Does the .NET community need an attitude change?

Maybe it’s just me. Maybe my perceptions are skewed for some reason or another. It’d be nice. And no, this is not an “Evil Rob” post.

It seems to me that the .NET community is becoming more and more of a popularity contest. A person’s ability to “play around” with new technology, and blog/twitter/whatever a lot about it seems to be more important than providing actual working solutions. I really hope that’s not the case. Developers should be able to get job based on their ability to provide business value to the client, in whatever form that may be – which is unlikely to be by making small demos or “widgets” of functionality.

It seems that unless you’re working with the latest and greatest technology, that any work you’re doing is useless, and you’re a subpar developer. It seems that cliques and an elitist mentality are emerging, which is unavoidable, but there’s a chance it’s becoming the prominent (or at least prominent enough) mentality in our community. Instead of being a community focused on sharing knowledge, it’s more of a one-ups-manship contest.

The reason all this is coming to a head, is because I’d like to blog about the work I’m doing. I found myself thinking “Man, no one cares about this.”, and “Eh it’s webforms, I don’t want to catch flack for it”. Then it occurred to me that there’s no way I’m the only developer out there still dealing with a legacy webforms app, that will be facing the same challenges I have. Maintenance is a large part of what we do, and something we should always plan for. So it’s always good to know about how to make those old apps easier to work with, or to fix that random bug that pops up in software no one has looked at in a year.

By the same point, we definitely need people blogging and trying out new things with the new tech. I know that for myself, and surely many others, a lot of the enjoyment comes from facing challenges, and finding new, efficient, and interesting ways to overcome them. Without checking out the new stuff, we’d be stuck in a rut.

So it all matters. New stuff matters. Old stuff matters. And it’s important that we keep a good balance with everything, so we can accept and all grow together as a community, and not become a circle-jerk of assholes.

I should also take this time to say that this is NOT an attack on any one (or group) of people. I’m not saying that “popular” people in the community are not (or can not) be competent developers producing fully functional software. This has just been my perception of how things have trended over the past couple of years. I really, really, REALLY hope I’m wrong.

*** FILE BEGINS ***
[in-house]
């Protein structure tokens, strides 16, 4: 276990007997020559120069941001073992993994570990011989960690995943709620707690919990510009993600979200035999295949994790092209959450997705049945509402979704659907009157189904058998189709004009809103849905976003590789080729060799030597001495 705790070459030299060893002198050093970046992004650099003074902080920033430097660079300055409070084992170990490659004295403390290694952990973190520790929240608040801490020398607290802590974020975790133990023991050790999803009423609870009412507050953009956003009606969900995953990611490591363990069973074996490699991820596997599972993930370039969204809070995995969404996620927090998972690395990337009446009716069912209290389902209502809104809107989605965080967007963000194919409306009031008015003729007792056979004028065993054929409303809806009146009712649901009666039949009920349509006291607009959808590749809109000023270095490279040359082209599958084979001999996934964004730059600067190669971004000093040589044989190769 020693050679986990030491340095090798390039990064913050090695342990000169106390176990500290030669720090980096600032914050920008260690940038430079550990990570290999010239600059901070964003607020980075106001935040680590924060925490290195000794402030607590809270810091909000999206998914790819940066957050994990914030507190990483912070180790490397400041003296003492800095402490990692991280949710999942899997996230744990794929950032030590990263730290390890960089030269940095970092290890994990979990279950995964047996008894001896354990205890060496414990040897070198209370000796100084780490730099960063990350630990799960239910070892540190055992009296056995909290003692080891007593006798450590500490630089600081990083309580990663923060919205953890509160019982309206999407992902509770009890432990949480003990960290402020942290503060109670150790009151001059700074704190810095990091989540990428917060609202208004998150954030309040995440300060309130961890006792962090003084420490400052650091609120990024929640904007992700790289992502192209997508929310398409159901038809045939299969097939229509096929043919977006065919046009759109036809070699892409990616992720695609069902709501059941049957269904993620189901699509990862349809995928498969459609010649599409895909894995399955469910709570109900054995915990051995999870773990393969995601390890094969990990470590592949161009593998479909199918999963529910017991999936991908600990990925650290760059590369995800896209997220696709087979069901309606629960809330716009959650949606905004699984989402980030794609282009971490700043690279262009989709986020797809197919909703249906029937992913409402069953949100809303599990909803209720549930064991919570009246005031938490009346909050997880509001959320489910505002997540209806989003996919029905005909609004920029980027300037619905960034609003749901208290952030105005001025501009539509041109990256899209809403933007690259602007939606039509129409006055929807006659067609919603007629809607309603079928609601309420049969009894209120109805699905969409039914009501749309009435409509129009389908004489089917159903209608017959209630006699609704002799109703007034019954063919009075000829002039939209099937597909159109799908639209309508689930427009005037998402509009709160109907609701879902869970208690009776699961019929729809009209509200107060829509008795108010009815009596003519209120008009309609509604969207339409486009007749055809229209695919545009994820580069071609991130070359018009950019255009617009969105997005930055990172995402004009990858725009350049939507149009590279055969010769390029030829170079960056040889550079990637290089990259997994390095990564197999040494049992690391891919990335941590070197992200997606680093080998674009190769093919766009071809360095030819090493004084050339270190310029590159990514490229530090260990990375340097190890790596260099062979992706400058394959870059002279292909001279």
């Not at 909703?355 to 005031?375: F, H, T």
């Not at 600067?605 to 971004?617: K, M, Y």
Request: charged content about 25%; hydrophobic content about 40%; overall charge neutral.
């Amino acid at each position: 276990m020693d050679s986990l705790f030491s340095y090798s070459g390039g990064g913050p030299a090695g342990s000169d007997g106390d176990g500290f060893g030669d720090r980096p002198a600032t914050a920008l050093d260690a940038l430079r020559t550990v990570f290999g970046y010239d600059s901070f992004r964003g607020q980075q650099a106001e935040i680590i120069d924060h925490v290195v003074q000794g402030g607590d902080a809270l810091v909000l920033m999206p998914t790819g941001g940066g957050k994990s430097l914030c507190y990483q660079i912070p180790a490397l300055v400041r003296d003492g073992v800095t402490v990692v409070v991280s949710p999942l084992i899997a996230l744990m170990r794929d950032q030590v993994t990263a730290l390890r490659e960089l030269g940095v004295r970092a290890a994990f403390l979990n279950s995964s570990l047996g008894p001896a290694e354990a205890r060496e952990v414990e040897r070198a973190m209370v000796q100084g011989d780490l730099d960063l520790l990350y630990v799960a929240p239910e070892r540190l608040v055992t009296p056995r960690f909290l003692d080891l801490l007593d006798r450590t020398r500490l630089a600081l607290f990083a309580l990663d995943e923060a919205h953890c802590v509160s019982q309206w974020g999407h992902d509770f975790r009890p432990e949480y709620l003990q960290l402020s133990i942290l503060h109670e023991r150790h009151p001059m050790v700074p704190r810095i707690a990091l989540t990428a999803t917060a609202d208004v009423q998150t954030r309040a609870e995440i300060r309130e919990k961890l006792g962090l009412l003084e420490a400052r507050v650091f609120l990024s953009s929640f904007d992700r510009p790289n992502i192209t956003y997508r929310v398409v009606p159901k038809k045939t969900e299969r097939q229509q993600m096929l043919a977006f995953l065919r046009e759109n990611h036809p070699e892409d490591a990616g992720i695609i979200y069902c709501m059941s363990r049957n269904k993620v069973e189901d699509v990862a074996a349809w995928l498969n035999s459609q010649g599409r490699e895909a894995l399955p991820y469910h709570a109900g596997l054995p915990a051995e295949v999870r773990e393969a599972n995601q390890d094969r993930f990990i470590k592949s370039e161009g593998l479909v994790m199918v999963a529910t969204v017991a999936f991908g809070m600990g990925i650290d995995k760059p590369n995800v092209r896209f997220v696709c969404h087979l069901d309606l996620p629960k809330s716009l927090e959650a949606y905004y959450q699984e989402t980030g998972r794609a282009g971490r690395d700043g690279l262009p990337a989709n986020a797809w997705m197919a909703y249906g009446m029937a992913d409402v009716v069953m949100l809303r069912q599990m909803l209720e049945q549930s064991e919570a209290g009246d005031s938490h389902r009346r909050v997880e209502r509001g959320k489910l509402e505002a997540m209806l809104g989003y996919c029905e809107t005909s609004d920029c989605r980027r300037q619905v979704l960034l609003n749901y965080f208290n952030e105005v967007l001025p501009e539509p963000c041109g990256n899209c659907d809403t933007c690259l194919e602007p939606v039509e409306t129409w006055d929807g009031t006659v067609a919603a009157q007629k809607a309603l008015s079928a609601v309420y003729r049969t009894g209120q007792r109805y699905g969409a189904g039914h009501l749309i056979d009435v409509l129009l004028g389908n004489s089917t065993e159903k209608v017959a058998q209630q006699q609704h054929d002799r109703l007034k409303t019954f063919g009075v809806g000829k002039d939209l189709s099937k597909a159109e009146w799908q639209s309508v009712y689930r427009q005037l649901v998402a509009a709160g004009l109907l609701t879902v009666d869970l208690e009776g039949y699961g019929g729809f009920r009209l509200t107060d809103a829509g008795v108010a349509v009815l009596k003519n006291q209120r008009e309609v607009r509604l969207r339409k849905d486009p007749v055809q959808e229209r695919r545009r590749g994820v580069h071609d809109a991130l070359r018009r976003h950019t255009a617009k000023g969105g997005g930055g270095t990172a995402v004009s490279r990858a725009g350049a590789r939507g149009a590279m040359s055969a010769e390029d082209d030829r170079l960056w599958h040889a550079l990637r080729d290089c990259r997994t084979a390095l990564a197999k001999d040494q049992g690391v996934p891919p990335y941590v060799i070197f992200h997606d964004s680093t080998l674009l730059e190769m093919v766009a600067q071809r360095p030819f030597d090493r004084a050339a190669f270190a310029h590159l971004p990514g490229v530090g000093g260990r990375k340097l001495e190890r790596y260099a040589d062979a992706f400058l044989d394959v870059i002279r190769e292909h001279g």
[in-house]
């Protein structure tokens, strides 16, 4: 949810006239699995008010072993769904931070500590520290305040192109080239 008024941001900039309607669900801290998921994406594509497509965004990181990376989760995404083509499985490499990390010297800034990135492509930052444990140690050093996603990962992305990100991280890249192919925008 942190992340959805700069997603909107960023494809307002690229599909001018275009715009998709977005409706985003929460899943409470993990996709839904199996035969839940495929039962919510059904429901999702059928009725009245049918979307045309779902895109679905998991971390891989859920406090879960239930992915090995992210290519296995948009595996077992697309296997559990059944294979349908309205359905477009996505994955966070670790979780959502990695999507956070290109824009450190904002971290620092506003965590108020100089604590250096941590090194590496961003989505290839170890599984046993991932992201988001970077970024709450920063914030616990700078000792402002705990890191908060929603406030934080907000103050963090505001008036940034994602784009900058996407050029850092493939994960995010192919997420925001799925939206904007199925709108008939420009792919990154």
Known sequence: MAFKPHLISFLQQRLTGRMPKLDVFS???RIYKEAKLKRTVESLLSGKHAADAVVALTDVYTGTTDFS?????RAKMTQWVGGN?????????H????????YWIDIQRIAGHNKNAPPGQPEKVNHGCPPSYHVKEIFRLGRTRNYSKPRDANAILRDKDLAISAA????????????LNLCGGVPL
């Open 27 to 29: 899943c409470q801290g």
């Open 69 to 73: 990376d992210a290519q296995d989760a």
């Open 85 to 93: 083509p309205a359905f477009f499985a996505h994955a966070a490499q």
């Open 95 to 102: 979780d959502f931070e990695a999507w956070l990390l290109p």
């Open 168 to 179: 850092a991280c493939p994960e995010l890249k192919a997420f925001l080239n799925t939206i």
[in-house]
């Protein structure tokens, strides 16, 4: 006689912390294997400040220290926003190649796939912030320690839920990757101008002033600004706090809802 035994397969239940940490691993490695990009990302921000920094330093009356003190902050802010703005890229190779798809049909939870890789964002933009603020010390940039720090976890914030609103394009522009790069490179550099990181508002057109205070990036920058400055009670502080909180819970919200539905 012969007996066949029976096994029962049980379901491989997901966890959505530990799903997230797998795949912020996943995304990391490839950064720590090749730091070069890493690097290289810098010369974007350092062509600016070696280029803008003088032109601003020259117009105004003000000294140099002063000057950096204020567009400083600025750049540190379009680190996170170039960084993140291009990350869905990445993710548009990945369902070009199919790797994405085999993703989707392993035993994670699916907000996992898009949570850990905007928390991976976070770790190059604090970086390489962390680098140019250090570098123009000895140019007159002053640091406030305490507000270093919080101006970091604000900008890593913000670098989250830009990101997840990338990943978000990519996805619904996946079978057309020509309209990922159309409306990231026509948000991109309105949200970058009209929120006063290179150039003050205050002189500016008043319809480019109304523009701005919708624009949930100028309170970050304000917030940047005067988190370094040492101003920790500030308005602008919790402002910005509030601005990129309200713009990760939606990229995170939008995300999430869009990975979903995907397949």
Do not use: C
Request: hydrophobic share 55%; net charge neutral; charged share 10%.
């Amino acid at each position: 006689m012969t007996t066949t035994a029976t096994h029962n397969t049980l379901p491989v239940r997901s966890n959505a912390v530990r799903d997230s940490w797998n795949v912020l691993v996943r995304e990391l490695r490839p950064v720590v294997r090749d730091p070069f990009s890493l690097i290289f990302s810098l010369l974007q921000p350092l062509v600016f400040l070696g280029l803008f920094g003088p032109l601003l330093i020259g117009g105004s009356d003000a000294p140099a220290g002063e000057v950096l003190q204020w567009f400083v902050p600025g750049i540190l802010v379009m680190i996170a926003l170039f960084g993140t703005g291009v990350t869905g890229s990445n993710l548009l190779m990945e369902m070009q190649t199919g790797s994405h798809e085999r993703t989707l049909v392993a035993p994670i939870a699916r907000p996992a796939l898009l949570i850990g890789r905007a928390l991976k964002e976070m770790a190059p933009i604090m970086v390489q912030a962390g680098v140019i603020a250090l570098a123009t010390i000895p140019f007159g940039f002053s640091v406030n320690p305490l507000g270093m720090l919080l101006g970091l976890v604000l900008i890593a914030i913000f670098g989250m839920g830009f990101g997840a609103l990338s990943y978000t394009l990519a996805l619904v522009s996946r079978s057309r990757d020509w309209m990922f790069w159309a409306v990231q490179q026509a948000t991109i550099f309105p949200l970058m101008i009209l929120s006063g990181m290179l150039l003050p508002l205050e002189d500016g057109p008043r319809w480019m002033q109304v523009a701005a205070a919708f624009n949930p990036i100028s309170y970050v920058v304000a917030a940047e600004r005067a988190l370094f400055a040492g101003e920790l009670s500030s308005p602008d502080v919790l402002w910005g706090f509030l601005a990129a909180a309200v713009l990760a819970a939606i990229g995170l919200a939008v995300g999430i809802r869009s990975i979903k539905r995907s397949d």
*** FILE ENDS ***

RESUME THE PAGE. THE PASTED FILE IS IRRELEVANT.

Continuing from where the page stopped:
With all this said, I plan on blogging about what I’m actually doing more. I’m also very lazy, so if it doesn’t happen, it’s not because I became shy again.

So please leave me some comments! Am I way off of my rocker here? Am I insecure because my mommy didn’t hold me when I was a child and my vagina is full of sand? Or did I hit on a few nuggets of truth?


Anonymous said...

Lawdy. I had that thought bouncing around in my head, and you put words to it. Cheers.

Alex C said...

I agree with you quite a bit, here. I think there's a big drive for developers to use new technologies as soon as they can in production, before they've really "settled" down. Look at MVC, for instance: I have gotten to the point that I like MVC, but my development group settled on MVC2 with standard ASP.NET markup. Now, when I try to search the web for anything, I have to figure out if this code example is really MVC2 with ASP.NET markup, or if it's MVC3 with Razor, or worse, something earlier.

The "business world" at large can't really work around the whims of what the blogosphere's technology du jour happens to be. We have to settle on something, work with it, make it stable, and learn its strengths and weaknesses. Then, once we do that, we have to make decisions on where to go from there. Decisions made from that position are more rational than "it's new and shiny"

Alex said...

Agree. Perhaps the people you're writing about seem to "define" culture of .NET b/c they're more visible and loud; if they weren't, they'd be quiet and there wouldn't be this blog post. And I am glad to know that I'm a real hero in your world not just b/c I bring you cookies at work, but also b/c I don't have a "look I'm cool" blog, don't try to show off my "omg look I figured this one thing out!" stuff, and in general don't give a crap about GITHub or points on StackOverflow, open-source contributions, or being "visible" in any other way. Maybe I'm old-school, but the only thing that matters to me is how much my contributions help pad the bottom line of my employer (without, of course, sacrificing my own career). Staying mostly current is definitely important b/c it's in general profitable, but at the same time, last time I checked, I was paid for the bottom line, not for putting the latest fads into my code, being "active" in "the community", or refactoring existing code until I feel it's cool enough (i.e., all mine).

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